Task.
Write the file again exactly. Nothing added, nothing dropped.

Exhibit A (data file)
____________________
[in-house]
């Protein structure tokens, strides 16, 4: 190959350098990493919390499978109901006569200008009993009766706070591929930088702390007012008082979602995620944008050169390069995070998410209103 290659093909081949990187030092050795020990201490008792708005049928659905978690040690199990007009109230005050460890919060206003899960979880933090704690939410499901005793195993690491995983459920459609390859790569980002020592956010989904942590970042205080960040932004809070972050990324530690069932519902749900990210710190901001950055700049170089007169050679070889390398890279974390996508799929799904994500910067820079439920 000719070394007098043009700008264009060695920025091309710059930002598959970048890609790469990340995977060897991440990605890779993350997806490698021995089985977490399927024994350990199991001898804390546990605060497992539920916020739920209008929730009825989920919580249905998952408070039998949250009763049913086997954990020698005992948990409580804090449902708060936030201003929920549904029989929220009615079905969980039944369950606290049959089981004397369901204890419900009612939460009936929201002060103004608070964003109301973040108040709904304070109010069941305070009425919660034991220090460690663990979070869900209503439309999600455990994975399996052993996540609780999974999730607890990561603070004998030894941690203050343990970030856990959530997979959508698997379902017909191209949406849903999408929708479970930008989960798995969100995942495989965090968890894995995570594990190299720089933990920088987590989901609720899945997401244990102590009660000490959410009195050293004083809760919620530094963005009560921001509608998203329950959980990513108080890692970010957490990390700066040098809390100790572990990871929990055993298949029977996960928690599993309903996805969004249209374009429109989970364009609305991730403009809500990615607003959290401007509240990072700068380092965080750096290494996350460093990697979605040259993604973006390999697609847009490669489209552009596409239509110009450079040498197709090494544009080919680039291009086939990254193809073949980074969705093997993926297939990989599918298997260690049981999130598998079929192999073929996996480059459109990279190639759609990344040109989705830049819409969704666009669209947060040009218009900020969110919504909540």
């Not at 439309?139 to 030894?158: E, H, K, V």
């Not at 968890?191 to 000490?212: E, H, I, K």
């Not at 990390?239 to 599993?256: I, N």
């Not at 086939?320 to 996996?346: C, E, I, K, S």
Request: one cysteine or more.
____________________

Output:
[in-house]
């Protein structure tokens, strides 16, 4: 190959350098990493919390499978109901006569200008009993009766706070591929930088702390007012008082979602995620944008050169390069995070998410209103 290659093909081949990187030092050795020990201490008792708005049928659905978690040690199990007009109230005050460890919060206003899960979880933090704690939410499901005793195993690491995983459920459609390859790569980002020592956010989904942590970042205080960040932004809070972050990324530690069932519902749900990210710190901001950055700049170089007169050679070889390398890279974390996508799929799904994500910067820079439920 000719070394007098043009700008264009060695920025091309710059930002598959970048890609790469990340995977060897991440990605890779993350997806490698021995089985977490399927024994350990199991001898804390546990605060497992539920916020739920209008929730009825989920919580249905998952408070039998949250009763049913086997954990020698005992948990409580804090449902708060936030201003929920549904029989929220009615079905969980039944369950606290049959089981004397369901204890419900009612939460009936929201002060103004608070964003109301973040108040709904304070109010069941305070009425919660034991220090460690663990979070869900209503439309999600455990994975399996052993996540609780999974999730607890990561603070004998030894941690203050343990970030856990959530997979959508698997379902017909191209949406849903999408929708479970930008989960798995969100995942495989965090968890894995995570594990190299720089933990920088987590989901609720899945997401244990102590009660000490959410009195050293004083809760919620530094963005009560921001509608998203329950959980990513108080890692970010957490990390700066040098809390100790572990990871929990055993298949029977996960928690599993309903996805969004249209374009429109989970364009609305991730403009809500990615607003959290401007509240990072700068380092965080750096290494996350460093990697979605040259993604973006390999697609847009490669489209552009596409239509110009450079040498197709090494544009080919680039291009086939990254193809073949980074969705093997993926297939990989599918298997260690049981999130598998079929192999073929996996480059459109990279190639759609990344040109989705830049819409969704666009669209947060040009218009900020969110919504909540």
């Not at 439309?139 to 030894?158: E, H, K, V």
């Not at 968890?191 to 000490?212: E, H, I, K």
């Not at 990390?239 to 599993?256: I, N």
């Not at 086939?320 to 996996?346: C, E, I, K, S």
Request: one cysteine or more.